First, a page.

Fig. 4. Effect of dispersion air on the aerosol concentration.Fig. 4.
 Effect of dispersion air on the aerosol concentration.


Table 1. Effect of dispersion air on particle generation efficiency.

 
Effect of Pulse Frequency on Particle Generation

Fig. 5 shows the deviation of measured aerosol concentration from the predicted value, with and without dispersion air at different excitation frequencies, including 50, 100, 250, 500 and 1000 Hz. The results show that the particle concentration was gradually underestimated as the excitation frequency increased, very likely due to aerosol coagulation. This phenomenon was particularly significant when no dispersion air was supplied.


Fig. 5. Impact of dispersion air on the aerosol concentration at different excitation frequencies.Fig. 5. Impact of dispersion air on the aerosol concentration at different excitation frequencies.

With dispersion air fixed at 0.4 L min–1, Fig. 6 shows the performance of the inkjet print head under different excitation frequencies, including 500, 1000, 3000 and 7000 Hz. A 0.0216% solution of PST in water was used. The operating voltage and pulse width were 16 V and 16 µs, respectively. The back pressure was maintained at –2.2 kPa. The total flow rate in the chamber was 6 L min–1. Experimental results showed that, when sampled from the bottom of the 3-m vertical acrylic cylinder, the time required to reach stable concentration was approximately 25 minutes. Moreover, the equilibrium aerosol concentration in the mixing chamber at 500, 1000, 3000, and 7000 Hz reached 94, 95, 94, and 92% of the theoretical value, respectively. High frequency of 7000 Hz presented the lowest fraction of the predicted concentration, likely due to aerosol coagulation.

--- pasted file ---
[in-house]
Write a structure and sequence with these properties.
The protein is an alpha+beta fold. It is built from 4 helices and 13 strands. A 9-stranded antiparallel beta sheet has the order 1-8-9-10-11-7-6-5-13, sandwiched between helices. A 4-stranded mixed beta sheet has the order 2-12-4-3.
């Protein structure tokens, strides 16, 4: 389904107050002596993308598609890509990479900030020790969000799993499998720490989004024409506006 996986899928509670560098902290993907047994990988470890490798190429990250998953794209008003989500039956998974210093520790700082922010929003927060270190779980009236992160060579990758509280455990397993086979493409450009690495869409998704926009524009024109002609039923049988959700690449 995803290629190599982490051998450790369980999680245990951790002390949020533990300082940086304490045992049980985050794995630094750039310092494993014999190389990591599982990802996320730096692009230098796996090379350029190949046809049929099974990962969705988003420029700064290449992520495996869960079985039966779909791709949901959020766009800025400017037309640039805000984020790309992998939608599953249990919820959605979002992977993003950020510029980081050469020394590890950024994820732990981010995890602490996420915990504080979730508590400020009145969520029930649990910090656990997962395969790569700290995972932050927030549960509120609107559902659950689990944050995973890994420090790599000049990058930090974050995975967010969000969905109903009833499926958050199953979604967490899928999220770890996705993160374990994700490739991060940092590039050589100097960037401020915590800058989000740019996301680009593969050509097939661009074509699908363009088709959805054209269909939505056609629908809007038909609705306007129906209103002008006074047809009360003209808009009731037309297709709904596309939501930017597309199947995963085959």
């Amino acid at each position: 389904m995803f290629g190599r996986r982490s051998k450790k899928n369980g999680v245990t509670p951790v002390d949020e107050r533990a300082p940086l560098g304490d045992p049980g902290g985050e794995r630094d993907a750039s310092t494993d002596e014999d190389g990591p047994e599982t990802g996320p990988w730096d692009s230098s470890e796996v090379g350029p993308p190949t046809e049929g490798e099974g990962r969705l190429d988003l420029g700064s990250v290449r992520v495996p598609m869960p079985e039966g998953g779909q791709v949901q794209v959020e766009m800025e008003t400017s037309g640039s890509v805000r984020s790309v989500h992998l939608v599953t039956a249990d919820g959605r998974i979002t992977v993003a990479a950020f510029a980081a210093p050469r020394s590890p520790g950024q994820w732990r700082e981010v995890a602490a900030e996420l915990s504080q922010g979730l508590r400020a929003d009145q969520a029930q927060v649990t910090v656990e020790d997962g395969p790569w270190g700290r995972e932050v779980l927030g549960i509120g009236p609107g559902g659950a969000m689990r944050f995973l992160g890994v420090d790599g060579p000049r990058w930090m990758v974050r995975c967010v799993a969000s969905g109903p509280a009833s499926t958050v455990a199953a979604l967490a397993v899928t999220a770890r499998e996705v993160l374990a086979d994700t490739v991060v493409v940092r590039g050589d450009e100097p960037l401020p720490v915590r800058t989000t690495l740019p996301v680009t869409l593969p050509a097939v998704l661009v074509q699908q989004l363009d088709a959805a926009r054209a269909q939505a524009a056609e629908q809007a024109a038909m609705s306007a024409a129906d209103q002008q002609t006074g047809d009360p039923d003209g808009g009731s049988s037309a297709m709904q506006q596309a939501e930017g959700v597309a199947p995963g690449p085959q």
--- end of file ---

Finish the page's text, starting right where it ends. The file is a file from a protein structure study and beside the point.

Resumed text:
Fig. 6. Performance of the inkjet print head under different frequencies.Fig. 6. Performance of the inkjet print head under different frequencies.


Nebulization of PST Solution by Inkjet Aerosol Generator

In theory, the size of the final aerosol particle (dp) depends on the volume fraction of solute material (Fv) and the droplet diameter (dd) is given by (Hinds, 1999):

To evaluate the size of droplets generated by the inkjet print head with a 50-µm-diameter nozzle, three combinations of voltage and pulse width (14 V–18 µs, 16 V–16 µs and 18 V–14 µs) were randomly chosen to generate monodisperse droplets based on the working range of the inkjet print head. A 0.0216% solution of PST in water was nebulized to produce solid particles of the desired size. The back pressure was kept at –2.2 kPa and the excitation frequency was 500 Hz. The flow rates of dispersion air and dilution air were 0.4 and 5.6 L min–1, respectively. Results show that the count median diameters (CMDs) of the particles were 3.02 ± 0.02, 2.99 ± 0.02 and 3.02 ± 0.02 µm, respectively, for voltage pulses of 14 V–18 µs, 16 V–16 µs and 18 V–14 µs with geometric standard deviations (GSDs) of 1.06. Assuming dp = 3 µm and Fv = 0.0216%, the droplet diameter was calculated to be ideally close to 50 µm which was the same size as the nozzle diameter. Since all particles were reduced in size by the same factor, the GSD of the droplet size distribution was the same as that of the dried particles. This demonstrates that the formation rate of droplets is controllable and the size of the formed droplets is uniform with the use of the inkjet generator. Unlike the inkjet generator, droplets produced for water-based solutions with a collision nebulizer are log-normally distributed with a CMD of about 0.9 µm and a GSD of 1.8–2.0 (Moss and Cheng, 1995; Ulvecius et al., 1997; Hinds, 1999).